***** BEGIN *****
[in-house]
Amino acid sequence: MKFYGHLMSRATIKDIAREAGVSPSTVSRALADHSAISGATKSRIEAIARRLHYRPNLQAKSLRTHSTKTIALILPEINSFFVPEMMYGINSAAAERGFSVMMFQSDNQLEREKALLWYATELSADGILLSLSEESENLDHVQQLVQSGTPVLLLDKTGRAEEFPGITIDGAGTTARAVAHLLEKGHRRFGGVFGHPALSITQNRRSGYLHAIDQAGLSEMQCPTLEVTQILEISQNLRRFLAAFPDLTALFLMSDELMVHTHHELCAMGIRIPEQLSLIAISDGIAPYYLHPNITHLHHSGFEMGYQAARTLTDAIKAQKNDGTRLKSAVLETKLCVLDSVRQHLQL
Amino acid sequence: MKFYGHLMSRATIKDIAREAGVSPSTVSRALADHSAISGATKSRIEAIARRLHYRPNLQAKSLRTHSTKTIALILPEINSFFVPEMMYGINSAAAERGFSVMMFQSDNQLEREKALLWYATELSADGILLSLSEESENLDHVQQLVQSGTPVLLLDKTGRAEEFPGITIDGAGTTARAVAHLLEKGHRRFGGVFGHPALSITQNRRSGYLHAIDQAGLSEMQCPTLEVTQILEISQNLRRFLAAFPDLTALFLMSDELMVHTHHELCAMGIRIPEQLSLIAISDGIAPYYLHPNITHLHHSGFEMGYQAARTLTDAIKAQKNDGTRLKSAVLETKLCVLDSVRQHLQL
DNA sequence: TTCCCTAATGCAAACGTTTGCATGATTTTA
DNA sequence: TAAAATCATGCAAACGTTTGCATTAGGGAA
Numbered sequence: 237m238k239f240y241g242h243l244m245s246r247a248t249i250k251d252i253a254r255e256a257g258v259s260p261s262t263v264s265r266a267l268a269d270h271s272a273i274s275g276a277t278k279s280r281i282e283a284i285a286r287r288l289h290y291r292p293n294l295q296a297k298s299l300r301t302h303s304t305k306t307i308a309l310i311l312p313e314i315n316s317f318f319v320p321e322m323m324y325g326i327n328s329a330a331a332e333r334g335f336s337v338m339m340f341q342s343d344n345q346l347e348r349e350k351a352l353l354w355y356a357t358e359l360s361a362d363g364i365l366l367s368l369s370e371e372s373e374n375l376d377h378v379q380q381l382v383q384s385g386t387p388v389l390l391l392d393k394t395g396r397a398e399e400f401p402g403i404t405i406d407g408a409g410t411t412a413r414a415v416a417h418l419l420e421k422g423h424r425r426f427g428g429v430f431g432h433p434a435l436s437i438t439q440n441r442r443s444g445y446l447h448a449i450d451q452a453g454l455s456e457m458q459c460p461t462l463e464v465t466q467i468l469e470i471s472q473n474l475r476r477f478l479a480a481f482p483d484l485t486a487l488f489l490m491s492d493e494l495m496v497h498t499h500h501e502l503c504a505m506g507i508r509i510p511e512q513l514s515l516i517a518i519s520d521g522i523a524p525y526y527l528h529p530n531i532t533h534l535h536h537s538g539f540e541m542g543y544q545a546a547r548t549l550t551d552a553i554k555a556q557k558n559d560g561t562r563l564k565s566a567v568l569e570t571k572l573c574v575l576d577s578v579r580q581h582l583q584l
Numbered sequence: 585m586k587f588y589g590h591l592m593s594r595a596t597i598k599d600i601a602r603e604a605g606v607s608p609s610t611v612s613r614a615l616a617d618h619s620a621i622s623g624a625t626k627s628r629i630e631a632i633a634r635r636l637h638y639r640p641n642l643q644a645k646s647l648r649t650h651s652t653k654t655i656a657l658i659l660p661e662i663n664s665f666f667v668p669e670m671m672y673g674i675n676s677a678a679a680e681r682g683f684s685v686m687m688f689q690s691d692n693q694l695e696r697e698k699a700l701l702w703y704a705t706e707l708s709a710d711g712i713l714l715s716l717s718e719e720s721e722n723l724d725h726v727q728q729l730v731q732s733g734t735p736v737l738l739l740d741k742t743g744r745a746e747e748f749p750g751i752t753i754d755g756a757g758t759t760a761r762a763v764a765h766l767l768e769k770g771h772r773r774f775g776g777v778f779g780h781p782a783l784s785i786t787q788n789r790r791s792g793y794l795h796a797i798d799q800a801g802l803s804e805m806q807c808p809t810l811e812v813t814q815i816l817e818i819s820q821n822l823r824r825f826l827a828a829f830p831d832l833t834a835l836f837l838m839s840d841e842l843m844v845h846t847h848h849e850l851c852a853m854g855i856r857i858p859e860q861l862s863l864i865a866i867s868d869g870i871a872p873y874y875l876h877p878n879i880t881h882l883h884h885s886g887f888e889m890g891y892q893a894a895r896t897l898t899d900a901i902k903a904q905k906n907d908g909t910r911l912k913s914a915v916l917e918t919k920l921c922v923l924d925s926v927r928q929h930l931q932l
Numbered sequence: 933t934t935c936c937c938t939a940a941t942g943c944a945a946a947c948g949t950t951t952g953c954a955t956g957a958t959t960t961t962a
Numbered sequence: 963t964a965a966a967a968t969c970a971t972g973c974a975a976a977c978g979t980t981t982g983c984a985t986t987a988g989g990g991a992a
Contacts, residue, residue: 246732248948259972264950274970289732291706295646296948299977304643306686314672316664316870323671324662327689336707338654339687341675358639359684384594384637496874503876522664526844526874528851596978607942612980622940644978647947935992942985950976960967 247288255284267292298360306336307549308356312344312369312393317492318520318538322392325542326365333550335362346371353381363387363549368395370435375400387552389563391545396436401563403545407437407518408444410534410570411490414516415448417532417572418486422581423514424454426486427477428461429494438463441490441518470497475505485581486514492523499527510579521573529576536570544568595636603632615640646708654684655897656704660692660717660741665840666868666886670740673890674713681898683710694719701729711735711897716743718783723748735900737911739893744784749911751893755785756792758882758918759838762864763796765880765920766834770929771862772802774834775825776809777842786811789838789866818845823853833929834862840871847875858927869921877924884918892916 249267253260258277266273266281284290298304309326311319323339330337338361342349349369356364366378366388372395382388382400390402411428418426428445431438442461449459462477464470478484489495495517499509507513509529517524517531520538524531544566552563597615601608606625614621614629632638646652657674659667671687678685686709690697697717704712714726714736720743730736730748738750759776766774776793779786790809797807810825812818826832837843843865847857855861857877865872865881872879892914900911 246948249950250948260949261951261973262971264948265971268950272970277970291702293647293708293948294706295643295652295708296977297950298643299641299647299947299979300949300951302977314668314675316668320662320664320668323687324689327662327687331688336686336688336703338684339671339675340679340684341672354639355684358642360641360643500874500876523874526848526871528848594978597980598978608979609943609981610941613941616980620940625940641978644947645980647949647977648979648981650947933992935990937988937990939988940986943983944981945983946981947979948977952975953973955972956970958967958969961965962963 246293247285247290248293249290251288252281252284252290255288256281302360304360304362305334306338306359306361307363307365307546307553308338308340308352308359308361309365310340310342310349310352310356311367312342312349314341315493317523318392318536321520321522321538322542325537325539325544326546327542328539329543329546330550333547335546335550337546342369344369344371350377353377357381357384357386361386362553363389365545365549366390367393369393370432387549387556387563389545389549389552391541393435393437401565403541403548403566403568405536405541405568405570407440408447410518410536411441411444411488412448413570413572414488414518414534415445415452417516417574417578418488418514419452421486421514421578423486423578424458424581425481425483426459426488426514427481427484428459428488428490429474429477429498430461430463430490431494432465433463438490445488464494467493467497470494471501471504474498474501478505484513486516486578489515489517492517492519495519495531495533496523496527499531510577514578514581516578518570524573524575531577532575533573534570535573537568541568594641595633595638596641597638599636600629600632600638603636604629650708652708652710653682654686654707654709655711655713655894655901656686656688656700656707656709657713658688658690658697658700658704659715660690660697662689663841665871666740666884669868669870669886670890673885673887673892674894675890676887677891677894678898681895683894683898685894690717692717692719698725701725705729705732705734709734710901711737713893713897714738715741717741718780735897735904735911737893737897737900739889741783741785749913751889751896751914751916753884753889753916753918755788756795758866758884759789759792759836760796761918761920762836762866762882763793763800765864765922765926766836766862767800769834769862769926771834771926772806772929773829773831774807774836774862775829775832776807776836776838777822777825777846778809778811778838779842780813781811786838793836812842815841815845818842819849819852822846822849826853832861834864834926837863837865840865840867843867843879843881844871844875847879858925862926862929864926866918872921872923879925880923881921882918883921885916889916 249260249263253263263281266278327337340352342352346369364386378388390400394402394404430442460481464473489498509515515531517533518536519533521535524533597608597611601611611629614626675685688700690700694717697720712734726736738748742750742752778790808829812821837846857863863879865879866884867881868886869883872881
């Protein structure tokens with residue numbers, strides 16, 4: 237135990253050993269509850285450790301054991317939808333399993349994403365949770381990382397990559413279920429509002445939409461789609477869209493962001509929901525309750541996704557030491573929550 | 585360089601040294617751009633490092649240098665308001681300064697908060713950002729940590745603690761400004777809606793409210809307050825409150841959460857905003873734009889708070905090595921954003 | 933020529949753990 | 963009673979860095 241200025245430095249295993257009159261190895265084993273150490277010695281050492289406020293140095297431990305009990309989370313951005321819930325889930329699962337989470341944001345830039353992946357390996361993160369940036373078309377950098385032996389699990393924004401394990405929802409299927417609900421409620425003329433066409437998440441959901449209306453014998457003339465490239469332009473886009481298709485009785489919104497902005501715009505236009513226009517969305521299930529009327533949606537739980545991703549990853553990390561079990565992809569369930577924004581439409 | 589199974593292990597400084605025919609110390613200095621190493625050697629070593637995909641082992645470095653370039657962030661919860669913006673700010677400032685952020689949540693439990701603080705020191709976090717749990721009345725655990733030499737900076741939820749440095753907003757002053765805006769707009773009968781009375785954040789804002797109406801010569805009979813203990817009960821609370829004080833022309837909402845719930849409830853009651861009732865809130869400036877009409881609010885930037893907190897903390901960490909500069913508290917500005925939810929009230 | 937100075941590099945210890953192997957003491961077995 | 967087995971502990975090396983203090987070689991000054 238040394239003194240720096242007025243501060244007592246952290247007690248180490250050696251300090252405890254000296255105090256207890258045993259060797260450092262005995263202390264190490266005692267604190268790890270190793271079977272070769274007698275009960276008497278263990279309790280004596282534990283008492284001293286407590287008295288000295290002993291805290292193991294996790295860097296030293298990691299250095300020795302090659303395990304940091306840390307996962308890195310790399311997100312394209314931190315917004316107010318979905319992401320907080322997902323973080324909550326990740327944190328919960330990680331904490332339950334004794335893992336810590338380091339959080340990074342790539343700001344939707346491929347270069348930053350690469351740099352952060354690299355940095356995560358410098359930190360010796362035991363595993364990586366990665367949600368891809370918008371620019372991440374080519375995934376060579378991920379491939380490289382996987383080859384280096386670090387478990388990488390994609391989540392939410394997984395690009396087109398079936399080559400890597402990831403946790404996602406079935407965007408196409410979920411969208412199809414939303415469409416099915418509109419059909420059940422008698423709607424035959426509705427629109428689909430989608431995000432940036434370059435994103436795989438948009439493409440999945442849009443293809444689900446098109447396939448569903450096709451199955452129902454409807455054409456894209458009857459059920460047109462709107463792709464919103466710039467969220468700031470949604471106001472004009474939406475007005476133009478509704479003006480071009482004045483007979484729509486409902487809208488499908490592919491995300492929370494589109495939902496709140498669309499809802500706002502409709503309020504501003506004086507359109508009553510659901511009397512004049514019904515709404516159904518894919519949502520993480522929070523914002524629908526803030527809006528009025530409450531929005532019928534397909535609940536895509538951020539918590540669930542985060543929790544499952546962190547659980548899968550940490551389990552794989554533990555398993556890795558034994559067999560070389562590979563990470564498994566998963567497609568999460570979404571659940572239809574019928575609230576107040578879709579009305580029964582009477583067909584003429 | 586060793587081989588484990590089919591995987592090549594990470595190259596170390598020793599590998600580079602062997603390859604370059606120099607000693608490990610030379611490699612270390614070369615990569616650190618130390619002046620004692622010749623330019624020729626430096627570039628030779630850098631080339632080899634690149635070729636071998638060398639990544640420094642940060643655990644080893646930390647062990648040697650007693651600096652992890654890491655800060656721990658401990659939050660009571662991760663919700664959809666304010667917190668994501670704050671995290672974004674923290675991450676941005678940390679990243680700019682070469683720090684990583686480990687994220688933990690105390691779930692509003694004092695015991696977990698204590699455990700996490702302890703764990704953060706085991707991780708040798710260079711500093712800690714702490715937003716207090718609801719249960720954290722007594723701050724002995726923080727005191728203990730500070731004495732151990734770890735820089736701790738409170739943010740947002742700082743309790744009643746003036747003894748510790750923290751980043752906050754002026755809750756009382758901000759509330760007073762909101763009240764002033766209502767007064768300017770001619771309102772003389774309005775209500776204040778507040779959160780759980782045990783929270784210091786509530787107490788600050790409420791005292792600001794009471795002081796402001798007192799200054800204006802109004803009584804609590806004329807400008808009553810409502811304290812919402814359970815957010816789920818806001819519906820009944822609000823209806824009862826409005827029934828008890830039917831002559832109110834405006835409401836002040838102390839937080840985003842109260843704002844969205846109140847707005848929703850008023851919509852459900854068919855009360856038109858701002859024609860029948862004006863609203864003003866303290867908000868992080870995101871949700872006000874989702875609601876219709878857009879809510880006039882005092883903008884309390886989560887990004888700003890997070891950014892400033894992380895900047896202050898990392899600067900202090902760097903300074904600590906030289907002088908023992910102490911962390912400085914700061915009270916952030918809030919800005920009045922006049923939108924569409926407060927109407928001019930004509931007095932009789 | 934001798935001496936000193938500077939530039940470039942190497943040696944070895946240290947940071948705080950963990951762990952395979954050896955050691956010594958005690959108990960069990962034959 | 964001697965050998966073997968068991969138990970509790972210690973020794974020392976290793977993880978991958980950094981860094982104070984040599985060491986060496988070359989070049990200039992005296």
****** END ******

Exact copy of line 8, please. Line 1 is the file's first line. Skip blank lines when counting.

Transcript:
Numbered sequence: 933t934t935c936c937c938t939a940a941t942g943c944a945a946a947c948g949t950t951t952g953c954a955t956g957a958t959t960t961t962a